Investigation underway after patient dies from antibiotic-resistant bacteria
Published Monday, May 28, 2012 1:55PM MDT
An investigation is underway after a patient at the Royal Alexandra Hospital died after picking up a "multi-drug-resistant bacteria" believed to have been brought to the city from an overseas traveller.
The unidentified patient died within the last ten days and there are questions surrounding the cause of death.
It appears the patient died after coming in contact with antibiotic-resistant bacteria. Investigators are trying to determine if it is the same strains brought into Canada by a woman who had been travelling overseas.
The female traveler, who had to undergo surgery while overseas, came back with an infection in a surgical wound.
She was admitted to the Royal Alexandra Hospital about six weeks ago with the infection.
The woman was not immediately isolated upon being admitted, which is against hospital policy.
She was treated for three days before it was discovered that she had been infected by two types of bacteria overseas - one called acinetobacter and the other containing a group of genes called New Delhi metallobetalactamase or "NDM" that allows bacteria to become resistant to multiple antibiotics.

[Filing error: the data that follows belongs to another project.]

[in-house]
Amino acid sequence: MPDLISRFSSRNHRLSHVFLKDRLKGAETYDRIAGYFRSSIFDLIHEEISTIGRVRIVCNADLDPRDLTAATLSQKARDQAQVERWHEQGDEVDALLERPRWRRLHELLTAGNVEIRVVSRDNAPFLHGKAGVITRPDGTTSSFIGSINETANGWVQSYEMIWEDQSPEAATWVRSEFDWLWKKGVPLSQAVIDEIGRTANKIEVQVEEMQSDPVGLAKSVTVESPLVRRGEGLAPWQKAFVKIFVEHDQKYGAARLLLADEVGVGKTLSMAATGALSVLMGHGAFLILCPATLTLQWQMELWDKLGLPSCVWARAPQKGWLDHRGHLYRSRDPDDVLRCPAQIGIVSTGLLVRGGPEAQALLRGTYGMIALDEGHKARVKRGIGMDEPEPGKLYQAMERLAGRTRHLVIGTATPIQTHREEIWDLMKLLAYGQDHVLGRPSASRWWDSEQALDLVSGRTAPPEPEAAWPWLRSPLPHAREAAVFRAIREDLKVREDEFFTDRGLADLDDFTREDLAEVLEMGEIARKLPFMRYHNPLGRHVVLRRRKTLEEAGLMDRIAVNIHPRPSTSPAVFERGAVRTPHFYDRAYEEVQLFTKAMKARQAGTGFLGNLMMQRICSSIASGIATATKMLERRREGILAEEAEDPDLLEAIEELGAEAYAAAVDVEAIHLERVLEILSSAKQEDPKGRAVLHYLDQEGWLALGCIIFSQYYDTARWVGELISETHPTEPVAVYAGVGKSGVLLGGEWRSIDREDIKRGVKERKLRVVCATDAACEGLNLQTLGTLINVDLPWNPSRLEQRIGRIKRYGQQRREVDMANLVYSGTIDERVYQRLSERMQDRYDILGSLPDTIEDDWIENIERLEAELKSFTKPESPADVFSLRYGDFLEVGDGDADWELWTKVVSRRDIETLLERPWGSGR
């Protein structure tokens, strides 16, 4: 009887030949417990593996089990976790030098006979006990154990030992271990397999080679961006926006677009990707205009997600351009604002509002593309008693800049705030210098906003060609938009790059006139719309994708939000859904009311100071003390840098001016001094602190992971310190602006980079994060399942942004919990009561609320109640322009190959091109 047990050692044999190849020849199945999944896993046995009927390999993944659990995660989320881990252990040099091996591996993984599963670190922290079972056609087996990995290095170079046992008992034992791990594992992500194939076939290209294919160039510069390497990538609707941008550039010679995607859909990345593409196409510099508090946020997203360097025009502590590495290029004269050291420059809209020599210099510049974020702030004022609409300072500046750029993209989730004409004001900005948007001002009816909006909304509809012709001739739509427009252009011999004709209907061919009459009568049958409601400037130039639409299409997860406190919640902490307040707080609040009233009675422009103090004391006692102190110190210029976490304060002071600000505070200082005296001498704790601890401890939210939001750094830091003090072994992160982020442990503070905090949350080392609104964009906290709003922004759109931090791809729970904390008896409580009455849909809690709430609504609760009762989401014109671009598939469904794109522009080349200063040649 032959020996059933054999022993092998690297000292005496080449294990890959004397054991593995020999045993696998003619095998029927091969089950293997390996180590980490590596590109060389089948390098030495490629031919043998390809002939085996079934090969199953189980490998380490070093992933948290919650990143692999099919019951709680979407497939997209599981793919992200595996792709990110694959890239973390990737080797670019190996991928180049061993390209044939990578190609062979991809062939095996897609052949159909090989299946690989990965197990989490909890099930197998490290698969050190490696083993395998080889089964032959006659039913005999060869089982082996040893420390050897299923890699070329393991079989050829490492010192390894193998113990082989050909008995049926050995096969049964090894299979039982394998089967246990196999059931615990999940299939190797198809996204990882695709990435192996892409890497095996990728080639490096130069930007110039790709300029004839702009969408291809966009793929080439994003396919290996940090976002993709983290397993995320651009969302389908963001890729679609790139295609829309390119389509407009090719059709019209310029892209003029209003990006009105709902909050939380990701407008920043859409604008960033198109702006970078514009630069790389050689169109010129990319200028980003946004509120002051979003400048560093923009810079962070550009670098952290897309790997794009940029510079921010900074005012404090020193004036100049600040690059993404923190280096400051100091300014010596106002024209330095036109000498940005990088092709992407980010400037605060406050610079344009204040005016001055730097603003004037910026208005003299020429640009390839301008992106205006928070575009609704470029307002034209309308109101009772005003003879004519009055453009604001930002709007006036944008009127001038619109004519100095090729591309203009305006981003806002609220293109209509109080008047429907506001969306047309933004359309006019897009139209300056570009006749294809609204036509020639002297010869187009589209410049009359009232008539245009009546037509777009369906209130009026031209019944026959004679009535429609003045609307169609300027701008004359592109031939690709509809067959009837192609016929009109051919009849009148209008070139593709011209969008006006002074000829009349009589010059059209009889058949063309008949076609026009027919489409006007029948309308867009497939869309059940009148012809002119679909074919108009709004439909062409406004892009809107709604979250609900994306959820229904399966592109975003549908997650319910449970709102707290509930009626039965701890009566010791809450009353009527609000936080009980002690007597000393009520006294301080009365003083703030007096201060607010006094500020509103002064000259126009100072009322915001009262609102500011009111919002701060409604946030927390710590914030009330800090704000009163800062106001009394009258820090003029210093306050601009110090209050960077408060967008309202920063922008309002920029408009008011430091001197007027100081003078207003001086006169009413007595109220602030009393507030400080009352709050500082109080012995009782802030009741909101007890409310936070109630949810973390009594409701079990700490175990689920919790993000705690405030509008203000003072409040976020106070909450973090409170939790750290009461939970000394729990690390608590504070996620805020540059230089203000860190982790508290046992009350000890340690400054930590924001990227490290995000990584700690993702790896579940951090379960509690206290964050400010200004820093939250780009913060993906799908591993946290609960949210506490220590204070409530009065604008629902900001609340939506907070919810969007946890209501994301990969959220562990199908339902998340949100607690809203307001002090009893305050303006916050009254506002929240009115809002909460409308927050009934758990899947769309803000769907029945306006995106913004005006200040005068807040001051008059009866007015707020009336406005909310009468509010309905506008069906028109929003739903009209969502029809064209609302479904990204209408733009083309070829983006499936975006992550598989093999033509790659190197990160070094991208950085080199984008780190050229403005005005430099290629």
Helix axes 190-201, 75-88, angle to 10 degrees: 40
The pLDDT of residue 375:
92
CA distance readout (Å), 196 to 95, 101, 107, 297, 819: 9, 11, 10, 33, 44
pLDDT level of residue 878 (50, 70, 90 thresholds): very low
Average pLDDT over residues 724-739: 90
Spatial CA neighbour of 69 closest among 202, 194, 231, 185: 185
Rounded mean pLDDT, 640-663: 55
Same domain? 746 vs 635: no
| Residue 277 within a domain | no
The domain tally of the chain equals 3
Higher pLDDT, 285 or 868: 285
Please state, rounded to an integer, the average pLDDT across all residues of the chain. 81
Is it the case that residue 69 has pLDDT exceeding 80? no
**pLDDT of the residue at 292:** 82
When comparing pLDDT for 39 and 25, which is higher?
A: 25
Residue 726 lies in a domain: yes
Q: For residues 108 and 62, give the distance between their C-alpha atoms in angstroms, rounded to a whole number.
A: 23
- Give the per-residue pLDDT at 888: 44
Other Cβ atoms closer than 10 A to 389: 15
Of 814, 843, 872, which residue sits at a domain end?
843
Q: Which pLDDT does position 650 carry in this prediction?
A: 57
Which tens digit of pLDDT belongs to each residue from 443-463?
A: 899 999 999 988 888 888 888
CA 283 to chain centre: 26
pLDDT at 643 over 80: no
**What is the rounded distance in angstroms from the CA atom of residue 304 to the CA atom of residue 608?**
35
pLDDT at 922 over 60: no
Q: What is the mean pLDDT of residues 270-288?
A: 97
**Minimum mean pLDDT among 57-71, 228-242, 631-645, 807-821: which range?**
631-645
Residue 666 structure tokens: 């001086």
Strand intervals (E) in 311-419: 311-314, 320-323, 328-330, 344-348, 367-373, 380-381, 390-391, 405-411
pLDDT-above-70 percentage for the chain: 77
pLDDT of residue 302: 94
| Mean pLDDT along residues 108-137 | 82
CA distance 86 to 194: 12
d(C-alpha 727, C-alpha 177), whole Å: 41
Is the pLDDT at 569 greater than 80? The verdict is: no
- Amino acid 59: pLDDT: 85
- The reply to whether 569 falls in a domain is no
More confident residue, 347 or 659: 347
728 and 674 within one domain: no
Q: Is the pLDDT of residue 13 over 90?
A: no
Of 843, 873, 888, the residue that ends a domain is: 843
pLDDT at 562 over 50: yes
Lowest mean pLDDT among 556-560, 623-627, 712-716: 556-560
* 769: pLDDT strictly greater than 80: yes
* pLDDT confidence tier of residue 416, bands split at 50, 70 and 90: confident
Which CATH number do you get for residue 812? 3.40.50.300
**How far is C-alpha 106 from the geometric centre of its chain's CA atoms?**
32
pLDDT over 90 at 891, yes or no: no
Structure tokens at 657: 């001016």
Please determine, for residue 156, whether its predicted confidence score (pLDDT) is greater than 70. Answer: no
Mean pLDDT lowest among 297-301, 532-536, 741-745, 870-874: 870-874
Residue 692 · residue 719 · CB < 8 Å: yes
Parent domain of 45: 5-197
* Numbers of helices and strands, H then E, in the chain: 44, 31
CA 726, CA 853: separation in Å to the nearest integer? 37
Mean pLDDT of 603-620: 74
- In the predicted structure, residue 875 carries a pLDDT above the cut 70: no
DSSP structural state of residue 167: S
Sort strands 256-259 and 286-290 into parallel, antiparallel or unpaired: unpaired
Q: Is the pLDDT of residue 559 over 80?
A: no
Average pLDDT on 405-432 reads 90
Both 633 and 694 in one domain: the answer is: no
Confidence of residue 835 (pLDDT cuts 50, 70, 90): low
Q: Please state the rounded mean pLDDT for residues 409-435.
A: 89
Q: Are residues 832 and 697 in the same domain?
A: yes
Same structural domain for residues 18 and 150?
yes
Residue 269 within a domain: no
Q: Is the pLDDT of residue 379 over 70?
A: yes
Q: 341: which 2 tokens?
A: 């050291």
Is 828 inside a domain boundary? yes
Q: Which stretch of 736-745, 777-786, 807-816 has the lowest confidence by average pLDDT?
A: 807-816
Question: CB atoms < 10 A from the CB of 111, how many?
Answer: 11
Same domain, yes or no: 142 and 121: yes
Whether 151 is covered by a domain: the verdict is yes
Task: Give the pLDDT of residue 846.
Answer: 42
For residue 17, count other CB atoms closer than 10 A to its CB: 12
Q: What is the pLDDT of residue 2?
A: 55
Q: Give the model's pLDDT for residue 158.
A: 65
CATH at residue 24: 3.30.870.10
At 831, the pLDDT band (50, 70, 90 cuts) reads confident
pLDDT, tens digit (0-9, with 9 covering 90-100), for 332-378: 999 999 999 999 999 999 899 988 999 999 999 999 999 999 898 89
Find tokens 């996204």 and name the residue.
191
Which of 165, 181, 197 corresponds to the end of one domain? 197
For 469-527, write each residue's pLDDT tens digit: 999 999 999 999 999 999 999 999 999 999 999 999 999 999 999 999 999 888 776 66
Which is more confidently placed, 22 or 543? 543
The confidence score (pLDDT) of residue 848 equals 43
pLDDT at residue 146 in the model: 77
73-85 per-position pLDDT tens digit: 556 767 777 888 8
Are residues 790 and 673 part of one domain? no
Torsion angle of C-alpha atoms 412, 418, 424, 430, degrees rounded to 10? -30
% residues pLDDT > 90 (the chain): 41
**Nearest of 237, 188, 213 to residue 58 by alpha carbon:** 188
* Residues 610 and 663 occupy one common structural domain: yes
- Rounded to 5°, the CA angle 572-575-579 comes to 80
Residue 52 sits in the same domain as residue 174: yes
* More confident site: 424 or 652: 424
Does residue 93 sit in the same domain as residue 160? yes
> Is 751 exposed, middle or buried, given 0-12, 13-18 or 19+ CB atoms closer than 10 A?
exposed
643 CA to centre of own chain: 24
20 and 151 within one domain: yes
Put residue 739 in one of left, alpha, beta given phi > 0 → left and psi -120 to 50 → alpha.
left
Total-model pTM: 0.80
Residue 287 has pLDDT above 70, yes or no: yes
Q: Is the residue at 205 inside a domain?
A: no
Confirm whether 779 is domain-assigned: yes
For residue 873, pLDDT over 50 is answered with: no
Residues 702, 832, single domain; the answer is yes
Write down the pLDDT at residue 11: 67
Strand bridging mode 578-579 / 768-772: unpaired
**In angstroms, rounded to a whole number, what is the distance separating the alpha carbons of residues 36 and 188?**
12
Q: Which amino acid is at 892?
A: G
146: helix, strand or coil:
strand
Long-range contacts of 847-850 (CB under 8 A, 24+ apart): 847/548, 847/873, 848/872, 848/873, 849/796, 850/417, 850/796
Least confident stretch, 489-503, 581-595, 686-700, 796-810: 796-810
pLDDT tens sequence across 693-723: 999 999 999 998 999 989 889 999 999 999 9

"Really what that means is we may have a limited number of antibiotics to treat infections that may be caused by this type of bacteria," said Dr. Mark Joffe, AHS senior director of infection, prevention and control.
Once the bacteria were discovered, intensive screening took place at the Royal Alexandra Hospital.
More than 400 patients were screened, while staff at the hospital closed various units and also stopped admitting new patients to the unit.
"We've been extremely aggressive in our approach to controlling these bacteria," Joffe said.
Officials say a health care worker did not follow proper procedures when dealing with the female traveler.
"I suspect that there was at least one opportunity for cleaning their hands that must have been missed," Joffe said.
Two patients at the hospital are confirmed to have picked up the bacteria containing NDM.
Two other patients have picked up the acinetobacter.
Investigators are still trying to determine if another two patients – including the one who has died – contracted the same strain of drug-resistant bacteria brought back by the female traveler.
Joffe says it won't be known until next week which bacteria caused the patient's death.
NDM is not new. Joffe says it is very common in some parts of the world, but hasn't been seen much in Canada and is very rare in Alberta.
He says patients shouldn't worry about becoming ill as a result of the bacteria.
"We do want to assure everyone, particularly patients and families, that the risks from these bacteria's are extremely low," Joffe said.
With files from Susan Amerongen